At the top of this week’s list of favorites is a bag of Mrs. Dunster’s Bakery Donuts we bought at our local supermarket. Once a week, I allow myself a treat day, and for me, a donut connoisseur from way back, there are few treats better than a donut. In all my long years of eating donuts, I have never had commercial cake donuts better than the ones made by Mrs. Dunster’s. I will even go one step further: Few local bakeries make better cake donuts than Mrs. Dunster’s does. They have the satisfying heft, tang, and taste of homemade donuts, that special je ne sais quo that is often missing even from locally made donuts.
But here comes the bad news. Mrs. Dunster’s Bakery is located in New Brunswick, Canada, and Maine is the only state in the nation where you can get these nuggets of deliciousness. Maine might be a small, poor, remote state, north of north in the lower 48, but dang we have a good source of commercial donuts readily available at our local supermarkets. Best of all, these donuts freeze beautifully. And a good thing, too, because as much as I love donuts, I am not about to eat a whole bag in one day. While these donuts might be fresh, they are not going to last a whole week in the bread drawer without going dry. So into the freezer they went, where they will wait for future treat days.
Now for a literary pleasure. In this week’s New Yorker, I came across Rivka Galchen’s excellent personal history essay “Better Than a Balloon,” in which she describes what it’s been like to have lived for ten years in a decidedly untrendy neighborhood in New York City, near Port Authority and Penn Station. As someone who has been to both these places many times, I can vouch for the truthfulness of Galchen’s descriptions of the sleaze and the shabbiness of the area. And yet this neighborhood—where people work, live, shop, and eat—is also full of vivid life, a community even, where much is made of Galchen’s young daughter when the two go out and about.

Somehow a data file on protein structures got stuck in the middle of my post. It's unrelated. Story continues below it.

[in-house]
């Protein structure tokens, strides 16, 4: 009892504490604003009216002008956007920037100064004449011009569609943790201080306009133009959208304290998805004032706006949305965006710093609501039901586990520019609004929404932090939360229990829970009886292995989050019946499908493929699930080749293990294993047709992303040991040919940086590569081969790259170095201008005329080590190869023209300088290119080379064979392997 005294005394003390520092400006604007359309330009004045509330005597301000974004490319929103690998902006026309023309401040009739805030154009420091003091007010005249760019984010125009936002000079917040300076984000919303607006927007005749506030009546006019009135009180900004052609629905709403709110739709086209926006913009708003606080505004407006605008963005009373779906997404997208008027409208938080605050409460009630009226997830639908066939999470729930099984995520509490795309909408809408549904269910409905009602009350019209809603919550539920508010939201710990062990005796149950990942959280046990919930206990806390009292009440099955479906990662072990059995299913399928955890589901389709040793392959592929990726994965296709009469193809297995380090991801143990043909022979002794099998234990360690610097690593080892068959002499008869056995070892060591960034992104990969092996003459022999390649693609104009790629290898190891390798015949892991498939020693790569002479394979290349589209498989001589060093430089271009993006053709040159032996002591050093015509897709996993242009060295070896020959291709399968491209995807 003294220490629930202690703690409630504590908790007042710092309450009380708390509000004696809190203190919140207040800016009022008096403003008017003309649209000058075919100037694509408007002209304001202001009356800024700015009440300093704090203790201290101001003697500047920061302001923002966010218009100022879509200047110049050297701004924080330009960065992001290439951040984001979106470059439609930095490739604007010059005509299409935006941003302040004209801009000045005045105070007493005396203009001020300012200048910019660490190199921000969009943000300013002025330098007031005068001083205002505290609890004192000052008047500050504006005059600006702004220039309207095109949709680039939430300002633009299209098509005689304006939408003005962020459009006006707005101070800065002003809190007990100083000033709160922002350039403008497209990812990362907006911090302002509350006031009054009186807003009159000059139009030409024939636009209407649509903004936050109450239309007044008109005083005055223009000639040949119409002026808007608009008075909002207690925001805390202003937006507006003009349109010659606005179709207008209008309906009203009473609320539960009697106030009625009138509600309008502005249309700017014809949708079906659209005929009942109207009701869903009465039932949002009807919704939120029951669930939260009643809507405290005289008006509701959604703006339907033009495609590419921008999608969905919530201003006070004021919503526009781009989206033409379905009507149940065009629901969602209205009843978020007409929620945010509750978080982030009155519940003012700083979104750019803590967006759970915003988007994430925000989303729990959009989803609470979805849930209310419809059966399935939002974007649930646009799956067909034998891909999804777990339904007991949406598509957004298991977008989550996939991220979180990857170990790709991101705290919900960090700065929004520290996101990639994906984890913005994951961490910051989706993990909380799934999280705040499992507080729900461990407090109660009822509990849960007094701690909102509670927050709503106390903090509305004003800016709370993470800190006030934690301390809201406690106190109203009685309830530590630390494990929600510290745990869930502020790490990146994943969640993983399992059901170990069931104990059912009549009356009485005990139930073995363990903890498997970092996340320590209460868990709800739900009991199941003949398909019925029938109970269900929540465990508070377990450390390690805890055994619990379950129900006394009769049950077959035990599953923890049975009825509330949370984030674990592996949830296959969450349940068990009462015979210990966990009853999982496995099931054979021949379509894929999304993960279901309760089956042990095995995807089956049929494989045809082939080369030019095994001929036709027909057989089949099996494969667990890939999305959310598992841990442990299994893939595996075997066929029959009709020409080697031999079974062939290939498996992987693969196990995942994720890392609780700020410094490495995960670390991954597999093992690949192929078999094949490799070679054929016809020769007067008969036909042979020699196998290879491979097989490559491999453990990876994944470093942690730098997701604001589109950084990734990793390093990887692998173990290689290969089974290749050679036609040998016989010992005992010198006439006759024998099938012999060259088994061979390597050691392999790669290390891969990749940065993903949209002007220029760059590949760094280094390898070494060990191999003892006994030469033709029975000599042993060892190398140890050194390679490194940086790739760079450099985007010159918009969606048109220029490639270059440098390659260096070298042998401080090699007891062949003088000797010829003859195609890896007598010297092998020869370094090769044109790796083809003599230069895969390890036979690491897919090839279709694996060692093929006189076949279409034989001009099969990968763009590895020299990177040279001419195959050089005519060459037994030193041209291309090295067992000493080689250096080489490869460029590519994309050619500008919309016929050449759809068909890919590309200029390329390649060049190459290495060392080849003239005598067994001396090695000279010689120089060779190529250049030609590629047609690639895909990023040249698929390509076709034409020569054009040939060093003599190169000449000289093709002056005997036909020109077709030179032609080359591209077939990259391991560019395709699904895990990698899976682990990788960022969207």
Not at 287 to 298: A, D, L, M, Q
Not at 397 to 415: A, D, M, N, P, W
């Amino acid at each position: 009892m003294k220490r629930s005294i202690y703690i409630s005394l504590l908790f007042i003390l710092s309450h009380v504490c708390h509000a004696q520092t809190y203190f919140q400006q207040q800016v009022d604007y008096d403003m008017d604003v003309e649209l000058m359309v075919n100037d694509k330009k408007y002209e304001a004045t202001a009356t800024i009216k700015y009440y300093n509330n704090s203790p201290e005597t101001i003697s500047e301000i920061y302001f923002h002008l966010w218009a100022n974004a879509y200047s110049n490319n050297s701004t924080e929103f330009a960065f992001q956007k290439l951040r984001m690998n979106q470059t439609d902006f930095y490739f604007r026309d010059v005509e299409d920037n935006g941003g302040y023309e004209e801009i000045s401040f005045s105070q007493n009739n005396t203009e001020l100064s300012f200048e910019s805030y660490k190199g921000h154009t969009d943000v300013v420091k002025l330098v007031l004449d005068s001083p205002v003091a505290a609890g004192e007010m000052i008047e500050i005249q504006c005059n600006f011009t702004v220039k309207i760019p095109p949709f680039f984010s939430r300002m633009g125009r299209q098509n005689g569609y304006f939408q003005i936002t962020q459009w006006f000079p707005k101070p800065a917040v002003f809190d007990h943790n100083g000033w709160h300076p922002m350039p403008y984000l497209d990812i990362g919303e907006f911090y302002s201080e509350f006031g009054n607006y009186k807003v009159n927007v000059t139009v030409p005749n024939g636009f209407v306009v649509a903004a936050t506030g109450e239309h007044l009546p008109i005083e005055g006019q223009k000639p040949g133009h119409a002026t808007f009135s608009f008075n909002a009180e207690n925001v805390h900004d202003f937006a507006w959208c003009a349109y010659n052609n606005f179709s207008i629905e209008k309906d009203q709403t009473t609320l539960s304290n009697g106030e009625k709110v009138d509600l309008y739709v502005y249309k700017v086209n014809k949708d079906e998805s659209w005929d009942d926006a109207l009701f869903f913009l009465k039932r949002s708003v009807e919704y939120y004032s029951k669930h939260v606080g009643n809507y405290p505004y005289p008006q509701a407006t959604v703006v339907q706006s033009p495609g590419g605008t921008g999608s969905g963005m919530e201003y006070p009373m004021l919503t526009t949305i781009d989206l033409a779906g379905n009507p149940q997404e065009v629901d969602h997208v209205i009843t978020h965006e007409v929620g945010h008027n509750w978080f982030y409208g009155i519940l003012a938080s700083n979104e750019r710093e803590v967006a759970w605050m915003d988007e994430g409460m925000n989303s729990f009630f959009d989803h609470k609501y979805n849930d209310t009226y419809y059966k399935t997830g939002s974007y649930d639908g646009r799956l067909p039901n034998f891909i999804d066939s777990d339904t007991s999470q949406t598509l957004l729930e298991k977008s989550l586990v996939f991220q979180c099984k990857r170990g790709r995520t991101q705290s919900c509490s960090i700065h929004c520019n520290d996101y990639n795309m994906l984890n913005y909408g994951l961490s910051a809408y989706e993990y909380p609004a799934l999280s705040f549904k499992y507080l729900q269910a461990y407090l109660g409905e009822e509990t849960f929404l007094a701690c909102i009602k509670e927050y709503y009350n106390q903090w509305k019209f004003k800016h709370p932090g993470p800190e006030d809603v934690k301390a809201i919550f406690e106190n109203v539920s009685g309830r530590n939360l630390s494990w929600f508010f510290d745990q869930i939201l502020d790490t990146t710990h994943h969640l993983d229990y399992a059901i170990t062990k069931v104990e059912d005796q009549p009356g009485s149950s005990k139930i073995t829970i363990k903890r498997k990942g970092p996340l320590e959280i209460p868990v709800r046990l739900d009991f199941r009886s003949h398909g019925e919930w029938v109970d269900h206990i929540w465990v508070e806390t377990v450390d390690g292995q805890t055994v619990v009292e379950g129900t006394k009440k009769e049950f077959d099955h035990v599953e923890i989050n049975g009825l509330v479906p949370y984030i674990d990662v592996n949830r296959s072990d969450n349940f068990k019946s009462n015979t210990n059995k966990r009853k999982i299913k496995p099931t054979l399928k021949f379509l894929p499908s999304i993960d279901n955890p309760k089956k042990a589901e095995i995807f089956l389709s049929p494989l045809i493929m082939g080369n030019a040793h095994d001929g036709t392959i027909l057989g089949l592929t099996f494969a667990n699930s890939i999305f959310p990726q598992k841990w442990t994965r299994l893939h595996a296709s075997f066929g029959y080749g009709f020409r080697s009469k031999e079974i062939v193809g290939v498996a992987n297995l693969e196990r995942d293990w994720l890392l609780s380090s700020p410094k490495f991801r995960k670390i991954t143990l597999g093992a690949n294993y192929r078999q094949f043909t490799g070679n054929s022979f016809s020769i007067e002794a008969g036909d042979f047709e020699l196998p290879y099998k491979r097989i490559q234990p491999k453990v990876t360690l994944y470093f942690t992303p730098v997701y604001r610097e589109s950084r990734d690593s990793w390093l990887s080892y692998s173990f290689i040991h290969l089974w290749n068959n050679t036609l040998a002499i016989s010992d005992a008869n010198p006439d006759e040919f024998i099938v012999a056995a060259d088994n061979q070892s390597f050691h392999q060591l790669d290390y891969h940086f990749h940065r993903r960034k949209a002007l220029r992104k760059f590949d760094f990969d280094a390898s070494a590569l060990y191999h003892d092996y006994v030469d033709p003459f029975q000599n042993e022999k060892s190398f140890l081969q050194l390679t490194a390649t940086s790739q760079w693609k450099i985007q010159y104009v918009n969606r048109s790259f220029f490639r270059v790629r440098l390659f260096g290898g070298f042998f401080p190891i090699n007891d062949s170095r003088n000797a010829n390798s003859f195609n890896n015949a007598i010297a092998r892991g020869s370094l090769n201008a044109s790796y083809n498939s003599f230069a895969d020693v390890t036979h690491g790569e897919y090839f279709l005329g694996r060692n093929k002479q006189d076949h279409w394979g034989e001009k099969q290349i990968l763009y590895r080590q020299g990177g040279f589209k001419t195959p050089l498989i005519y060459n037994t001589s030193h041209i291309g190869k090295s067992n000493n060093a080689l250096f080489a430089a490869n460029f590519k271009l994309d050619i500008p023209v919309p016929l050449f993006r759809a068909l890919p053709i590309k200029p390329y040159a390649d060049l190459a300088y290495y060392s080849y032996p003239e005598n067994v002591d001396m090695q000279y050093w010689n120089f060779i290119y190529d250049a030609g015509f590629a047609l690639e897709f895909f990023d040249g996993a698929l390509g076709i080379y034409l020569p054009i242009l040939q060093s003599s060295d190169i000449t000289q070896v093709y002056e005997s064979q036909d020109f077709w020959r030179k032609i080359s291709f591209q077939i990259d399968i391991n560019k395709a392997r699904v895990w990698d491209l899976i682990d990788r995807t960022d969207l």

“Better than a Balloon” is New Yorker writing at its finest. Galchen expertly weaves in the personal with her observations of people and place. We get a sense of her and her daughter and this dirty but dear neighborhood that she has called home for a decade. It is a long piece, and I was sorry to come to the end. How often does that happen?
In the United States, February is Black History Month, and from the NPR website, I learned that “NPR Music’s Tiny Desk series will celebrate Black History Month by featuring four weeks of Tiny Desk (home) concerts and playlists by Black artists spanning different genres and generations each week.”
Here is the fabulous Meshell Ndegeocello—quiet, powerful, honest, poetic.
Favorites and small pleasures from other bloggers:
From Thistles and Kiwis, an adorable cat puzzle for Valentine’s Day.
From All Things Bright and Beautiful, visual Valentine’s Day treats in Singapore.
From Change is Hard, jaunty daffodils, which always brings a smile.